In case any natural calamity transpires, two situations can appear, first is that it will ruin the house of the person including household items, or the second is that it will not affect the person’s home and household items. the first situation will lead to a loss to the person whereas the second situation will not yield any profit or gain to the person i.e., the position of break-even. however, it cannot yield any sort of profit to the concerned person. Hence, this will fall under the pure risk. Besides, these risks are insurable. The major types of pure risks that are associated with great financial and economic insecurity include personal risks, property risks, and liability risks.
Personal risk is particularly concerned with death and the time of its occurrence. And apart from death, there is incapacity through accident, injury, illness, or old age – loss of earning power.
Property risk pertains to losses connected with the ownership of a property such as destruction of property by fire, lightning, windstorm, flood, and other forces of nature. Property risk leads to direct loss and consequential loss. For example, when the New York twin towers were destroyed, the direct loss was the building itself and the consequential loss was the benefit generated from it including the rent income. Further, these property losses can be classified as either direct loss or indirect loss.
B. Speculative Risk
Speculative risk refers to the situation where the effect of the outcome is not specific, i.e., it could lead to the condition of loss or of profit, or of break-even. Moreover, these risks are usually not insurable. Suppose a person purchasing the shares of a company. Further, when these sales shares would be sold, the prices of these shares can go in any direction, and a person can induce a loss, or a profit, or no loss, no profit. Hence, this situation will fall under the category of Speculative risk.
People are more averse to pure risks as compared to speculative risks as in a speculative risk situation, people deliberately create the risk when they apprehend that the favorable outcome is, indeed, so promising.
4. Static and Dynamic Risks
A. Dynamic risk
Dynamic risk arises from the various changes that occurred in the economy. Some of these changes are price level changes, changes in consumer taster, income distribution, technological changes, political changes, and the like. Further, these are less predictable and hence beyond the control of risk managers.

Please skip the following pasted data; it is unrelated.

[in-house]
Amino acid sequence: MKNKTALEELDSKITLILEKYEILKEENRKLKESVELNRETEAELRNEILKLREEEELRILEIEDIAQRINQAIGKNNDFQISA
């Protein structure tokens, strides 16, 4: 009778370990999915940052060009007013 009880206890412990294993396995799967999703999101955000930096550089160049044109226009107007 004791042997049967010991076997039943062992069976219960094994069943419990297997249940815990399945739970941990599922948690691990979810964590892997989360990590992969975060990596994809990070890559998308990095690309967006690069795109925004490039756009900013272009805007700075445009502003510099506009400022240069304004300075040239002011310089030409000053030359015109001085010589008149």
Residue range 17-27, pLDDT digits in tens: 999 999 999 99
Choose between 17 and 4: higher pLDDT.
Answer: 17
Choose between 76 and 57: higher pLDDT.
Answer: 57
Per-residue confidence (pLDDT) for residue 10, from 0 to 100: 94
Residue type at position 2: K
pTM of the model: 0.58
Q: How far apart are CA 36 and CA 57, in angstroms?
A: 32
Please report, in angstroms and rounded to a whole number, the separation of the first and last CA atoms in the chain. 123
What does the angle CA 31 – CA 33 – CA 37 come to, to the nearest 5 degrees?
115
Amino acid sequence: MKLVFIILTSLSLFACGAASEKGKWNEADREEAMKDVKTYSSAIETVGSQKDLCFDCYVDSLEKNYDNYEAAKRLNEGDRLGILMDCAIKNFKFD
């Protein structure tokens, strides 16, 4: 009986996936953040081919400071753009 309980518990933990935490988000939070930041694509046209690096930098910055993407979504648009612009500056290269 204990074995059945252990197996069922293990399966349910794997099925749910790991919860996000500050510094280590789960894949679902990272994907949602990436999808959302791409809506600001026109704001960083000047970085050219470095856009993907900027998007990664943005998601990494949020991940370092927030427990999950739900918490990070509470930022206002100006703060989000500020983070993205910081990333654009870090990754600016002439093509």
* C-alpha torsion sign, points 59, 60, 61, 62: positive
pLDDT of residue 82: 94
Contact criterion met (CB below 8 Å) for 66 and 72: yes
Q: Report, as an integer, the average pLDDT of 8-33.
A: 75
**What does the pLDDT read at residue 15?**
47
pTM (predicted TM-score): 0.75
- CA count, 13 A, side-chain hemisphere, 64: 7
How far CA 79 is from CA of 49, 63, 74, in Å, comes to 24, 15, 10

B. Static risk
On the other hand, Static risks refer to those losses that can occur without any changes in the overall economy. Moreover, they are the losses stemming from causes than the changes in the economy. Unlike dynamic risks, they are predictable and could be controlled to some extent by exercising loss prevention measures. Many of the perils stumble under this category.
4.Fundamental and Particular Risks
The final classification correlates to both the cause and effect of risk.
A. Particular Risk
Particular risk refers to the risk which chiefly arises because of the actions or the interventions of the individual or the group of some individuals. So, the origin of the particular risk by individual level and impact of the same is felt at a localized level. An example of a specific chance includes an accident on the bus. Generally, these risks are the main subjects of the insurance. Further, these risks are insurable.
B. Fundamental Risk
Fundamental risk refers to the risk which transpires due to the causes which are not under the control of any person. Therefore, it can be said that the fundamental risk is impersonal in its origin and its consequences. The impact of these risks is primarily suffered by a group, i.e., it affects the large population. The fundamental risk includes risks on the group by the occurrence of events like natural calamity, economic slowdown, etc. Further, these risks are also insurable.
Next is Risk management. Risk management ensures that an organization identifies and understands the risks to which it is exposed. Risk management also guarantees that the organization creates and implements an effective plan to prevent losses or reduce the impact if a loss occurs. A risk management plan includes strategies and techniques for recognizing and confronting these threats. Good risk management doesn’t have to be expensive or time-consuming; it may be uncomplicated as answering these three questions:
1. What can go wrong?
2. What will we do, both to prevent the harm from occurring and in response to the harm or loss?
3. If something happens, how will we pay for it?
Further, the Risk Management Process includes five steps. These are as follows: